From brewing beer to simmering soup for SA’s hungry
Breweries in the Cape are putting their vats where people’s mouths are as the pandemic puts people out of work and onto the streets
Vegetables simmer in giant copper vats used to brew SA beer before alcohol sales were banned as part of a coronavirus lockdown in March.
The Cape Town-based Woodstock Brewery is now packed with potatoes, carrot and butternut squash, one of several craft beer makers to have ditched barely and malt for the time being.
In the past fortnight, it has churned out about 5,000l of vegetable soup a day, feeding thousands of people who lost their incomes due to the pandemic.
Other idle breweries have followed suit as the government shows no sign of lifting a controversial cigarette and alcohol sales ban that took effect with a nationwide lockdown on March 27.
“Being able to repurpose brewing systems to make soup is a very easy transition,” said Rob Munro, co-founder of the Brewers Soup Collective, a charity aiming to transform all Cape Town’s artisanal beer factories into soup kitchens. “From a brewer’s perspective we’ve got nothing to do. “e’re unemployed and we can’t make money.”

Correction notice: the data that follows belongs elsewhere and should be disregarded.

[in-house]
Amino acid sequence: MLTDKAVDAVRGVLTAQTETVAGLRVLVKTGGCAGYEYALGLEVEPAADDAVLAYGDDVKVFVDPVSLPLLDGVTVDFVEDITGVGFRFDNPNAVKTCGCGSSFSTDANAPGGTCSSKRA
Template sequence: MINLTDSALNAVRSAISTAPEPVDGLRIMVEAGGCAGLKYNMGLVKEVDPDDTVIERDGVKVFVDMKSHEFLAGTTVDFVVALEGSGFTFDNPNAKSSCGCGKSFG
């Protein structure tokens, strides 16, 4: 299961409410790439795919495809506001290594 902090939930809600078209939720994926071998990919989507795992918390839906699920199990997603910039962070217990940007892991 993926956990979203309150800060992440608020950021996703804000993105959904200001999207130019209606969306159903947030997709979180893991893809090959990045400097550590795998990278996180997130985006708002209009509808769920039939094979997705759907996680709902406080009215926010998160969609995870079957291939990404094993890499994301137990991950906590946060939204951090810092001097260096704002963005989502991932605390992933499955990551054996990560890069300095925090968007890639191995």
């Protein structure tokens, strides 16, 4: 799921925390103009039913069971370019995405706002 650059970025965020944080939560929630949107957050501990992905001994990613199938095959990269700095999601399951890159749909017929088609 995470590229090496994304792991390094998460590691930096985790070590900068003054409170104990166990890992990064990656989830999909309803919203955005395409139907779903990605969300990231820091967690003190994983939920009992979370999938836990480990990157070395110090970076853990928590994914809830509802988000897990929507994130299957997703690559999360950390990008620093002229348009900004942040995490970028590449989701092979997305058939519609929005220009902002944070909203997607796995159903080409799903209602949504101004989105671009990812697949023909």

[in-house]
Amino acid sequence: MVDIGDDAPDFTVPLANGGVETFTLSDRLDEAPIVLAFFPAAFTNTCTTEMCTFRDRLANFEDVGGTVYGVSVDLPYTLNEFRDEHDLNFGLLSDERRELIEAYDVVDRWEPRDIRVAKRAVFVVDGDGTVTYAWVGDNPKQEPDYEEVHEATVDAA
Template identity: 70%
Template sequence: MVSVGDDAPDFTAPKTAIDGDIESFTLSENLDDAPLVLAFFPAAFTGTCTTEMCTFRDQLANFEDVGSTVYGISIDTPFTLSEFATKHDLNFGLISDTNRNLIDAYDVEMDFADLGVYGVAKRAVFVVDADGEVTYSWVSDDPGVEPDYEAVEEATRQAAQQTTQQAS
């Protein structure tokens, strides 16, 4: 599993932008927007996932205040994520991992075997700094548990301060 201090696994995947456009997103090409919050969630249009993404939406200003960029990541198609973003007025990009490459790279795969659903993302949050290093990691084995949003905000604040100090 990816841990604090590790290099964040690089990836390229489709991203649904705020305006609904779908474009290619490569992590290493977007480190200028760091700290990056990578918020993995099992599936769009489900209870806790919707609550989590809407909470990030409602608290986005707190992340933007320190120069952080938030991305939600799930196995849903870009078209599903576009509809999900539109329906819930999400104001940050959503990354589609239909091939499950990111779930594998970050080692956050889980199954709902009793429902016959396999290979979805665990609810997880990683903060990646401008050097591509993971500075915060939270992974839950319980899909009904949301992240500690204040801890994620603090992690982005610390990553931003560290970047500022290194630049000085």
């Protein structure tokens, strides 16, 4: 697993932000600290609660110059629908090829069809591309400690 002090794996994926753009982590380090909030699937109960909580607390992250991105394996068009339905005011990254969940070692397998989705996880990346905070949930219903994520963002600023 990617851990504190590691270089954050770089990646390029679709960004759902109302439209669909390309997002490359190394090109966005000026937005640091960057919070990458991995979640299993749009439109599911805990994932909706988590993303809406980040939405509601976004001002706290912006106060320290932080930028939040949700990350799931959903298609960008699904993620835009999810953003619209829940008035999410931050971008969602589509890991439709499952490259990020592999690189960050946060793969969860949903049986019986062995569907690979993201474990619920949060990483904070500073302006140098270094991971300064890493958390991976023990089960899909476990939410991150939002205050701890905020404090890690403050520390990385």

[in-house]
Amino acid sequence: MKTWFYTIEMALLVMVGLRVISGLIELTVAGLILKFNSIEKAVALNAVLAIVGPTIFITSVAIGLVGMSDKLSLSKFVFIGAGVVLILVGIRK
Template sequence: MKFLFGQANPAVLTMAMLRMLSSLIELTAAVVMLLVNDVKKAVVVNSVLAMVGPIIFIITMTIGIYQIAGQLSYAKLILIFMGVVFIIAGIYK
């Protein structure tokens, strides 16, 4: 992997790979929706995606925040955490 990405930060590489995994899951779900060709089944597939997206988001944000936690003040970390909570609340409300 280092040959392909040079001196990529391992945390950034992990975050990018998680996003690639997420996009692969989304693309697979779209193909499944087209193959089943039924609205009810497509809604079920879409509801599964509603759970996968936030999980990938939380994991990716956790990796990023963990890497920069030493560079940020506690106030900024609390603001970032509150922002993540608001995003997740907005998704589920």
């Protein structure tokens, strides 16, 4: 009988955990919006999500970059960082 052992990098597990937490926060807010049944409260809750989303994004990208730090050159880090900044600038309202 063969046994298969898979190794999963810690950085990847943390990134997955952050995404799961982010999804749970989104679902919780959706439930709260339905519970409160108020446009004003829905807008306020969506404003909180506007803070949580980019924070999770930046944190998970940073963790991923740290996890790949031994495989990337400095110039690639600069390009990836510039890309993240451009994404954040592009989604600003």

SA’s ailing economy has been hit hard by a shutdown aimed at curbing the spread of Covid-19, which has infected 12,739 people to date and killed at least 238.
Some confinement measures were slightly eased on May 1, but most businesses have been unable to fully resume operations and many people remain out of work.
Munro founded the soup collective with Woodstock Brewery owner Andre Viljoen last month.
“Somebody within the government was looking to get people fed,” Munro said. “They ended up speaking to Andre and he said: ‘Hey, I’ve got the biggest pots in Cape Town, I can make soup!’”
Employees have returned as soup connoisseurs and volunteers have stepped in to help chop vegetables. The soup, made six days a week, is collected by charity trucks and distributed to communities and shelters across the city.
Bakeries have also joined the effort by donating bread to the meals.
“At the end of the day we’re in this together and every little bit helps” said Munro. “If we can help with our big pots, I think it’s good for SA and good for our souls too.”